The simple fact is road-course racing is a nice distraction, an anomaly if you will, and just two of 26 races on the way to the all-important final ten. While you certainly can’t mail them in, two poor days at the Glen and Sonoma will not define a season, nor have any real bearing on running for a championship. But a good run at Loudon can provide a healthy dose of that often elusive elixir: confidence. For the prospective Chasers, hitting the right setup this Sunday is a must, giving them crucial surety come September and Chase race number one. Or, to put it more simply: we’ll learn more this coming Sunday about who’s for real and who isn’t than we ever will from an entertaining day out in Sonoma.
About the author
Danny starts his 12th year with Frontstretch in 2018, writing the Tuesday signature column 5 Points To Ponder. An English transplant living in San Francisco, by way of New York City, he’s had an award-winning marketing career with some of the biggest companies sponsoring sports. Working with racers all over the country, his freelance writing has even reached outside the world of racing to include movie screenplays.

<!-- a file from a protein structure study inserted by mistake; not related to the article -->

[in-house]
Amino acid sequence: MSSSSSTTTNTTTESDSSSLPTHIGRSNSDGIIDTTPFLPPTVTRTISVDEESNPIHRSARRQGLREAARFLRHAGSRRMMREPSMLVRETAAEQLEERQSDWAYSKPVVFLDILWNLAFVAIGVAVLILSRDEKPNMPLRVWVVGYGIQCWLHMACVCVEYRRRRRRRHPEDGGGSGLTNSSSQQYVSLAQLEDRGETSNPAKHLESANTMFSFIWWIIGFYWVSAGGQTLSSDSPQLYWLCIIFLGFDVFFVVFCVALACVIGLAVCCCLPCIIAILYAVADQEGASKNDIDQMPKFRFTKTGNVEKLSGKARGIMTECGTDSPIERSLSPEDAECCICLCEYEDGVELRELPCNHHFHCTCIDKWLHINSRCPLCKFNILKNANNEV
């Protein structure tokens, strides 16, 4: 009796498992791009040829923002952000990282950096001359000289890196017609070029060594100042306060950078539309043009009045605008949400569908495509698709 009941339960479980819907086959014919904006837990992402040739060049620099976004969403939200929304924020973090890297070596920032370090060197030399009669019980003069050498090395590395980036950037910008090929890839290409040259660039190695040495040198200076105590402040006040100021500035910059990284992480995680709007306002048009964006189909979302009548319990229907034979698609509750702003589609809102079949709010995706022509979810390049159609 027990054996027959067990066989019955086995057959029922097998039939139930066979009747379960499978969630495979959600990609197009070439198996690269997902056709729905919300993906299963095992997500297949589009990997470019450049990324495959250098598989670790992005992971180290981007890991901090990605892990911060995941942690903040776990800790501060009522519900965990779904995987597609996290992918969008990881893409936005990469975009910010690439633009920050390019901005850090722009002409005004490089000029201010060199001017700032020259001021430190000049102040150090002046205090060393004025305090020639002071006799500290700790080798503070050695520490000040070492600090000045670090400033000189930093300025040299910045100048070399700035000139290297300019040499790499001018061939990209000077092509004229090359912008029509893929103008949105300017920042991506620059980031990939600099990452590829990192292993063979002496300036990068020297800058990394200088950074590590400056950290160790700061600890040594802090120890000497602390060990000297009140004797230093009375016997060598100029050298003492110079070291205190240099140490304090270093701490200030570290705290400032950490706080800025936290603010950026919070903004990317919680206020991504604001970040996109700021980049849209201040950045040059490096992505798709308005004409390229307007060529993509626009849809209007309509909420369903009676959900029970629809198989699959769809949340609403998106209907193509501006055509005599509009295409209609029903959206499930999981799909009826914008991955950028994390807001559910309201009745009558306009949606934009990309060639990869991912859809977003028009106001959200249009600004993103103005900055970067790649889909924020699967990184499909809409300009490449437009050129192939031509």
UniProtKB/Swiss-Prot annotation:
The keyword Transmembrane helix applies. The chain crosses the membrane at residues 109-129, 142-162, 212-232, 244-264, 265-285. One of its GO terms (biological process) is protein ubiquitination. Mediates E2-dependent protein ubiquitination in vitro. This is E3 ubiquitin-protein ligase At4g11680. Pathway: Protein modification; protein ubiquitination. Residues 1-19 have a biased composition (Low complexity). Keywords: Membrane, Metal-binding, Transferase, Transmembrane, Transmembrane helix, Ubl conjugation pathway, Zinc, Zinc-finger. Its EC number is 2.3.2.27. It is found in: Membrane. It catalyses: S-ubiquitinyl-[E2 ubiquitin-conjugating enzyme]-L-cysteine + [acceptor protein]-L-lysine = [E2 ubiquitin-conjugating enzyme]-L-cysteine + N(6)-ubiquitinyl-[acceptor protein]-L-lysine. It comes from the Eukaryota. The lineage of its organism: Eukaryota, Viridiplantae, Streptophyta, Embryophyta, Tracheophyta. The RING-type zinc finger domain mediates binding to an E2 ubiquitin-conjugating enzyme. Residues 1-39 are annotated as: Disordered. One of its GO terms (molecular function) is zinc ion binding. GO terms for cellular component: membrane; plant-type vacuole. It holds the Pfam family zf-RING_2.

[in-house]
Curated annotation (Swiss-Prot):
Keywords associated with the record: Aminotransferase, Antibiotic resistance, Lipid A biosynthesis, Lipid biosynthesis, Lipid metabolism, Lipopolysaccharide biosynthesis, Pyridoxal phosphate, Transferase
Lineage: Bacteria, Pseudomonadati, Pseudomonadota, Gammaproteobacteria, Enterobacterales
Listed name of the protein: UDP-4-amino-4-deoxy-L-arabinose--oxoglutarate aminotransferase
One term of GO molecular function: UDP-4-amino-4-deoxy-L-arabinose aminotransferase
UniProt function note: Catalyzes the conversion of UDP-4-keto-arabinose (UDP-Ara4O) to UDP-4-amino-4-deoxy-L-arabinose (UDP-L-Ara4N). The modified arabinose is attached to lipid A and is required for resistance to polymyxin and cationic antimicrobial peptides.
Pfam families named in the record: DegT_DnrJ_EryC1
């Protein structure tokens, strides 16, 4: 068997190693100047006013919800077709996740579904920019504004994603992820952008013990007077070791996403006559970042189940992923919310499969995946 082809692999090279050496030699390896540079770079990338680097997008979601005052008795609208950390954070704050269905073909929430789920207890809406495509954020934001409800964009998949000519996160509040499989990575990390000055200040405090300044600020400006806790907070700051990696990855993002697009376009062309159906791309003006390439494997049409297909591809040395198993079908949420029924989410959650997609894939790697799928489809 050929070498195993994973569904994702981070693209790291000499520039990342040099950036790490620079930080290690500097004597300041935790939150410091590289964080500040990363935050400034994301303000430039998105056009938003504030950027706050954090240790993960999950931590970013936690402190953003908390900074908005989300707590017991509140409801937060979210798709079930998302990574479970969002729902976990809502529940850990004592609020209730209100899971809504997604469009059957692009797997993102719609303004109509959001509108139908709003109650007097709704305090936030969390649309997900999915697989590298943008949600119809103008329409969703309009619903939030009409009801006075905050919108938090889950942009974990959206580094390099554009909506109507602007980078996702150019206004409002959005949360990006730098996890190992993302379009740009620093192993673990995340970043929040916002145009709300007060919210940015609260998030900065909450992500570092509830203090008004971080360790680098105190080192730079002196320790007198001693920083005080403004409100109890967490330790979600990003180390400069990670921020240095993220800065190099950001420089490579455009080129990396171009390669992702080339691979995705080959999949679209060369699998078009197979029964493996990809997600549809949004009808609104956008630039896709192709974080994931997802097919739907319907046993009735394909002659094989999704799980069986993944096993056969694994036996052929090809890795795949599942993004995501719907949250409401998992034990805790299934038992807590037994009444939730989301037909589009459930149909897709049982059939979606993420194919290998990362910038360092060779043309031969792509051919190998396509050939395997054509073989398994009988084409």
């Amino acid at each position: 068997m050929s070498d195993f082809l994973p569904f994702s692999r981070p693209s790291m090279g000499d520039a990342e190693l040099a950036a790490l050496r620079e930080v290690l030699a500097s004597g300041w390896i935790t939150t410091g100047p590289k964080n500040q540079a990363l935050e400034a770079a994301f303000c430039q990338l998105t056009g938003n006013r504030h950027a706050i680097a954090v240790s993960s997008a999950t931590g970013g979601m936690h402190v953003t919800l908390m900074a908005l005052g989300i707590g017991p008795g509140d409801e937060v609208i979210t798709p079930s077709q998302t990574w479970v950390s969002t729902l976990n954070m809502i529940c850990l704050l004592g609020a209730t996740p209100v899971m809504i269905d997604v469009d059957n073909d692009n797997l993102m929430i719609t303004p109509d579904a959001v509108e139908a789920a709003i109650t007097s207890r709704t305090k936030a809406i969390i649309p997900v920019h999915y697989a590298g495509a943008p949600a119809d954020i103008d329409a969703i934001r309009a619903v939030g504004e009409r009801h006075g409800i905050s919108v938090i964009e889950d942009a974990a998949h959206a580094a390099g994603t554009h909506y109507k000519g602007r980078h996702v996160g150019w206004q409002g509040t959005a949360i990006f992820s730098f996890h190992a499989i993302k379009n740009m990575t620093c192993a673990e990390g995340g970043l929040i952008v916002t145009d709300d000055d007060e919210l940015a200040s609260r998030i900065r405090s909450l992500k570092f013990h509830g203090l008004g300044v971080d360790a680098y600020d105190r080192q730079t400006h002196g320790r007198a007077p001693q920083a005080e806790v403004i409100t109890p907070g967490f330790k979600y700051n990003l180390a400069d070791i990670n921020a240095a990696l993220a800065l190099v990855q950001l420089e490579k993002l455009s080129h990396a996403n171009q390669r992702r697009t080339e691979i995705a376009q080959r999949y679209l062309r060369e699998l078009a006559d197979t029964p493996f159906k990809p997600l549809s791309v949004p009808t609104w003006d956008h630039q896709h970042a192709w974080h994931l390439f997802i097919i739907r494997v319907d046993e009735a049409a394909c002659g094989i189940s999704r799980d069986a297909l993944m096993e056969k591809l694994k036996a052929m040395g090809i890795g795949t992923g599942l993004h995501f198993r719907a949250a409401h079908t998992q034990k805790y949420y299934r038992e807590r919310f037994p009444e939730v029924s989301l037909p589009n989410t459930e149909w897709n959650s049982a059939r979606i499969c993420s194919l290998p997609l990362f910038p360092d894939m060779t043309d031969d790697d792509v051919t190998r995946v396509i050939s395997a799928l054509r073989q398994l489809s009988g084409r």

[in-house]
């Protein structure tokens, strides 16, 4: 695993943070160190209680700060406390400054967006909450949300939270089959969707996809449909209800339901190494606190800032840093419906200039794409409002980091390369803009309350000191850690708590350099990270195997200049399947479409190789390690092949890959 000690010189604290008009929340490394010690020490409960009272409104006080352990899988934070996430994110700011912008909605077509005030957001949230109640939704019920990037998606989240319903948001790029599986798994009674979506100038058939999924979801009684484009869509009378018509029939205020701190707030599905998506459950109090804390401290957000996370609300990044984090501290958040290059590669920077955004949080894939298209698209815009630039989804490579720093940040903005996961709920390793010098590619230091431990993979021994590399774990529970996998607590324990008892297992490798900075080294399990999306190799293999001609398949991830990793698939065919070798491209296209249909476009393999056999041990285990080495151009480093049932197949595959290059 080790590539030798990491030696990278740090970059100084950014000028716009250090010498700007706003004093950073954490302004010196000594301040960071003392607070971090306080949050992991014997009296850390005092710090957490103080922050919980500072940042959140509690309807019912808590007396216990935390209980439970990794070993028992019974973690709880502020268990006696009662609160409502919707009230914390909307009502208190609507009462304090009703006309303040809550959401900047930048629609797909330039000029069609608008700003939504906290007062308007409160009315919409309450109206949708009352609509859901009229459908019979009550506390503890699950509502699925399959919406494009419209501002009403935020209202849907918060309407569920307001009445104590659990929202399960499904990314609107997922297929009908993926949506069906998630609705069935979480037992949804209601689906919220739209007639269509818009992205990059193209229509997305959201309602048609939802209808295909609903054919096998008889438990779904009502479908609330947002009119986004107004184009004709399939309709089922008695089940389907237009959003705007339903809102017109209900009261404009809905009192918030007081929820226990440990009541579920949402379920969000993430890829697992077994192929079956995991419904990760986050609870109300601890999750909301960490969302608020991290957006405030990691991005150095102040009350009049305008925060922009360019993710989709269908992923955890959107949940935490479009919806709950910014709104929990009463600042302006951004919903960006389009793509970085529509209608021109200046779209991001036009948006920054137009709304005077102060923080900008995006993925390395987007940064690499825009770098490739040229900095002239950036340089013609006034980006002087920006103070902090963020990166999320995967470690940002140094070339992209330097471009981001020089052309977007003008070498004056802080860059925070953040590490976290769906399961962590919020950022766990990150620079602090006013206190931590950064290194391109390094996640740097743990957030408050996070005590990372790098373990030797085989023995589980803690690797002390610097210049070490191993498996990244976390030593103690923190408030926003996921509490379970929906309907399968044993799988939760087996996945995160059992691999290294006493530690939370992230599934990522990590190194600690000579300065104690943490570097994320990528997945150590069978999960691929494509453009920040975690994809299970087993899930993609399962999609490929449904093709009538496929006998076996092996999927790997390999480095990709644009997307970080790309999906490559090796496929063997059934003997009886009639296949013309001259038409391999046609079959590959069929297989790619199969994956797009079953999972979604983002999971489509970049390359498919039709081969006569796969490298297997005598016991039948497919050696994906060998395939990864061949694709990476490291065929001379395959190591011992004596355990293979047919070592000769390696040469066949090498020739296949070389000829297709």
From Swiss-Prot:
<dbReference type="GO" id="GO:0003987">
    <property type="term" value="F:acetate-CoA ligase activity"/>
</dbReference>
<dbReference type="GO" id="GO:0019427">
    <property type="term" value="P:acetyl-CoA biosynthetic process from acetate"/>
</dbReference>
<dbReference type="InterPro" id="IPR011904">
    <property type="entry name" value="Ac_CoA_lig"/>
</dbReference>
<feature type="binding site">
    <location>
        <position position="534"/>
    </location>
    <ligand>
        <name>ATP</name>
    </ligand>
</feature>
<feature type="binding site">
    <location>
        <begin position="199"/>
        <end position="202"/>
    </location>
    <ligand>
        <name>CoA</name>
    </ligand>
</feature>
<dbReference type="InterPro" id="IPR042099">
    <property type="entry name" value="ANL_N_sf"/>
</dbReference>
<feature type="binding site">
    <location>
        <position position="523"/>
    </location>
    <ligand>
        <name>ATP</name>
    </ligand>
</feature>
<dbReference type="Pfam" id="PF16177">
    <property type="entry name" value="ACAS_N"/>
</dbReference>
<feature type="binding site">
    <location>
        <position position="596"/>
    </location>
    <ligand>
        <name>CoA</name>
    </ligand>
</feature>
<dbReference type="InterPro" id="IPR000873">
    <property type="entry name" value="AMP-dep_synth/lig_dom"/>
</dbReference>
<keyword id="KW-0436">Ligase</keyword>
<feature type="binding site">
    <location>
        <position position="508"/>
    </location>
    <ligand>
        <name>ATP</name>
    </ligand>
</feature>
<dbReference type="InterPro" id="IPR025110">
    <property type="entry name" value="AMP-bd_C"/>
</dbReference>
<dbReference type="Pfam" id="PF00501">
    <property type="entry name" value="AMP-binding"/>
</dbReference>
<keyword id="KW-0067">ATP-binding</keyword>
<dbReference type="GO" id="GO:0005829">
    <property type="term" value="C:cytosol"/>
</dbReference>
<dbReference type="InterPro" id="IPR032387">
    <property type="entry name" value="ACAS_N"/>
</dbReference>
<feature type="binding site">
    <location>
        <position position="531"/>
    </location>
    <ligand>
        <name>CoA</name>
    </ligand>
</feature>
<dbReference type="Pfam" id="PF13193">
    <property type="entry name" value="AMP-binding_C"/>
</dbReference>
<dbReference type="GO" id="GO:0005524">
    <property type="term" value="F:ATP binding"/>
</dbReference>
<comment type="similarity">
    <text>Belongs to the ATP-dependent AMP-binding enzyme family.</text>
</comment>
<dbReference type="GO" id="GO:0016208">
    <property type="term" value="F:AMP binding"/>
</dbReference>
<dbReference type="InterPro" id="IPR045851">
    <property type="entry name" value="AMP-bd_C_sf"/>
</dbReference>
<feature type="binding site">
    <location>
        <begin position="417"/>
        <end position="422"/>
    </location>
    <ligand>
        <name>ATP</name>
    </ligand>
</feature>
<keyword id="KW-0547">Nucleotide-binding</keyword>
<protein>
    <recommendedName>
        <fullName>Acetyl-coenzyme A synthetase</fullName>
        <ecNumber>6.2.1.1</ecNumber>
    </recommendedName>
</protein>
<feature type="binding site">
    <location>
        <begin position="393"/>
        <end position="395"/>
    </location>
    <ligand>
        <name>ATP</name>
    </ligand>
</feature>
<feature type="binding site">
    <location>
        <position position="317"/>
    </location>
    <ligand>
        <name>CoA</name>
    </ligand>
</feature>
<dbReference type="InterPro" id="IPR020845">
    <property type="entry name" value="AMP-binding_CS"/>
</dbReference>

A daily email update (Monday through Friday) providing racing news, commentary, features, and information from Frontstretch.com
We hate spam. Your email address will not be sold or shared with anyone else.